Background: The understanding of the role of smoking exposure in the induction of wheezing and asthma in children is important for prevention.
Methods: A systematic review of literature and a meta-analysis were conducted to identify studies on unselected prospective birth cohorts. The effect of exposure to maternal/parental smoking on the induction of current wheezing or asthma was evaluated in children aged 6 months, <6 years, and ≥6 years. Pooled odds ratios (OR) with 95% confidence intervals (CI) were estimated.
Results: We identified 43 papers. Exposure to maternal prenatal smoking was associated with an increased risk of wheezing in <6-year-olds (OR 1.36; 95% CI: 1.19-1.55) and of wheezing or asthma in ≥6-year-olds (OR: 1.22, 95% CI: 1.03-1.44). A positive association (OR: 1.24, 95% CI: 1.11-1.38) was also found in the only three studies that evaluated exposure to maternal prenatal smoking alone. Postnatal exposures to maternal/parental smoking were associated with wheezing in <6-year-olds (OR: 1.21; 95% CI: 1.13-1.31 and OR: 1.30; 95% CI: 1.13-1.51), although it was often impossible to separate the role of postnatal from that of prenatal exposure; data in schoolchildren are limited and this precluded a meta-analysis. No clear association was found between exclusive postnatal exposure and wheezing or asthma.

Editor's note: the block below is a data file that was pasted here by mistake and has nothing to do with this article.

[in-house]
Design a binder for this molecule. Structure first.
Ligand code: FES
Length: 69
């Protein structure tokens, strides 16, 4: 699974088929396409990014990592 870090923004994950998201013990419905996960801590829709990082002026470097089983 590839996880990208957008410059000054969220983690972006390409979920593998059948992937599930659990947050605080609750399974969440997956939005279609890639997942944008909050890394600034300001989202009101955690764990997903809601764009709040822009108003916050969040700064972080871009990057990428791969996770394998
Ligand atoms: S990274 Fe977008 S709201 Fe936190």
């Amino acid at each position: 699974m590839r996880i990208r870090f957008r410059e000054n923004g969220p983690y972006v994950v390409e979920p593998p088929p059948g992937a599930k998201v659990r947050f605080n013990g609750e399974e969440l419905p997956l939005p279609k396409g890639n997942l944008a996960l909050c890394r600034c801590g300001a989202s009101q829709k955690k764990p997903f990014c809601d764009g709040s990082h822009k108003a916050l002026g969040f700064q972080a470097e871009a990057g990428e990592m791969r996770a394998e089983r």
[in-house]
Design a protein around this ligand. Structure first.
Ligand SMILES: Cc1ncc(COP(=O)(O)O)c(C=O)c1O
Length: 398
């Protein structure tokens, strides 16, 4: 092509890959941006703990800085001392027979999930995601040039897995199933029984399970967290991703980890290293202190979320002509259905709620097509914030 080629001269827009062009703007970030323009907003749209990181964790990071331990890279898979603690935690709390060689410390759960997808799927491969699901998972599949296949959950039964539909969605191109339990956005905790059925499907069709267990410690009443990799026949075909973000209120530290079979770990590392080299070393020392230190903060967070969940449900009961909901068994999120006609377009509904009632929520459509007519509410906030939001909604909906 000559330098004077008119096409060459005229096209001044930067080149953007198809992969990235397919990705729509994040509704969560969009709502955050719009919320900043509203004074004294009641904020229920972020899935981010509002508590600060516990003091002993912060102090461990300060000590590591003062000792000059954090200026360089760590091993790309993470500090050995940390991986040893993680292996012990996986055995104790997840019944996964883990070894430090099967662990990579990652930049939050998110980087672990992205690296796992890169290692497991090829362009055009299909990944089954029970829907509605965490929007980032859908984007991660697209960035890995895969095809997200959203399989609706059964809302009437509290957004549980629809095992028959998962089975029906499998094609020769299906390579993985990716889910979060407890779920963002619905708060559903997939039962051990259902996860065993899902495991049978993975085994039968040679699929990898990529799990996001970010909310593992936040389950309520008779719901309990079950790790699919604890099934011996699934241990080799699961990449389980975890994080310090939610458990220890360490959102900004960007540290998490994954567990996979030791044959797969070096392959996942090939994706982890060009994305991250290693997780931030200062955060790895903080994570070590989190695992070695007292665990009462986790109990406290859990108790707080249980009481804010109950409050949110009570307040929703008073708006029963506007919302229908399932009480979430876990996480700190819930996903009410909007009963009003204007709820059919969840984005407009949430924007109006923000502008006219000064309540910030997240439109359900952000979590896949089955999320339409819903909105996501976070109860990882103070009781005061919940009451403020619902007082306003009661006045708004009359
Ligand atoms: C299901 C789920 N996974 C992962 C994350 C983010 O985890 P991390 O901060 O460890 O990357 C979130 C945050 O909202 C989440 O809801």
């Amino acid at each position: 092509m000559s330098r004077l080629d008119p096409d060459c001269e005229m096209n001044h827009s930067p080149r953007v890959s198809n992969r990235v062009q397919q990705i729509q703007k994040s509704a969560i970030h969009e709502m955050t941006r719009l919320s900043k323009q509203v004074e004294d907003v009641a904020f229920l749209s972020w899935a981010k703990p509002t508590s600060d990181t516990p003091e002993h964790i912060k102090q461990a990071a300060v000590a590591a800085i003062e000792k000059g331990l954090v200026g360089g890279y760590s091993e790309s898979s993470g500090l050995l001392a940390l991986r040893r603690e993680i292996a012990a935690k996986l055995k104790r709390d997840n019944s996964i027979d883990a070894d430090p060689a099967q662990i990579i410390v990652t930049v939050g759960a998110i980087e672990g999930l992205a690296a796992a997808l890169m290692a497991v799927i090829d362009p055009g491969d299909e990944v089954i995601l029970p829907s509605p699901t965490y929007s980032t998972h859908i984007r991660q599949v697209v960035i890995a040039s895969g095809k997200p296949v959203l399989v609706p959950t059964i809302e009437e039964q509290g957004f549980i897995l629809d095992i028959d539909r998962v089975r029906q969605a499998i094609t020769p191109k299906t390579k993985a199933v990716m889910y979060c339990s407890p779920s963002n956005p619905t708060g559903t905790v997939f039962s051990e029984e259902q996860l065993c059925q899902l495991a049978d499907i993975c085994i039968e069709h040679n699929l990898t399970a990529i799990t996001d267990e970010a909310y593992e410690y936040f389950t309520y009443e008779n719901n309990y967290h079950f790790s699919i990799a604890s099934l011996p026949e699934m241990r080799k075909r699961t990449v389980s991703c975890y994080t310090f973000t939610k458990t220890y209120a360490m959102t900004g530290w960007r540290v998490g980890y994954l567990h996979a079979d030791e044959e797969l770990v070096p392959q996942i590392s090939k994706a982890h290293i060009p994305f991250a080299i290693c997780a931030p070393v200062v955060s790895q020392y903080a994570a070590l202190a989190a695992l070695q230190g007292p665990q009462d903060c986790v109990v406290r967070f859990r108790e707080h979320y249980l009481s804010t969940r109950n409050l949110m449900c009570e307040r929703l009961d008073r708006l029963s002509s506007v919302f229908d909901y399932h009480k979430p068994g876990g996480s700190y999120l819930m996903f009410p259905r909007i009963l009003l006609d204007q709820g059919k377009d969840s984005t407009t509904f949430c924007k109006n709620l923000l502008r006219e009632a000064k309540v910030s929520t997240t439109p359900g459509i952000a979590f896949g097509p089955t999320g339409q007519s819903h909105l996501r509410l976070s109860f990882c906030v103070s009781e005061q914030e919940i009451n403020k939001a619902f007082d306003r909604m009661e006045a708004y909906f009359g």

Conclusions: We confirmed an important role of prenatal exposure to maternal smoking on the induction of wheezing and asthma in offspring, particularly in the first years of life. More studies with a consistent number of subjects only exposed to smoke postnatally are needed to better investigate the harmful effects on the induction of wheezing or asthma, particularly in schoolchildren.
Keywords: adolescent; child; respiratory tract diseases; tobacco smoke pollution.
© 2014 Wiley Periodicals, Inc.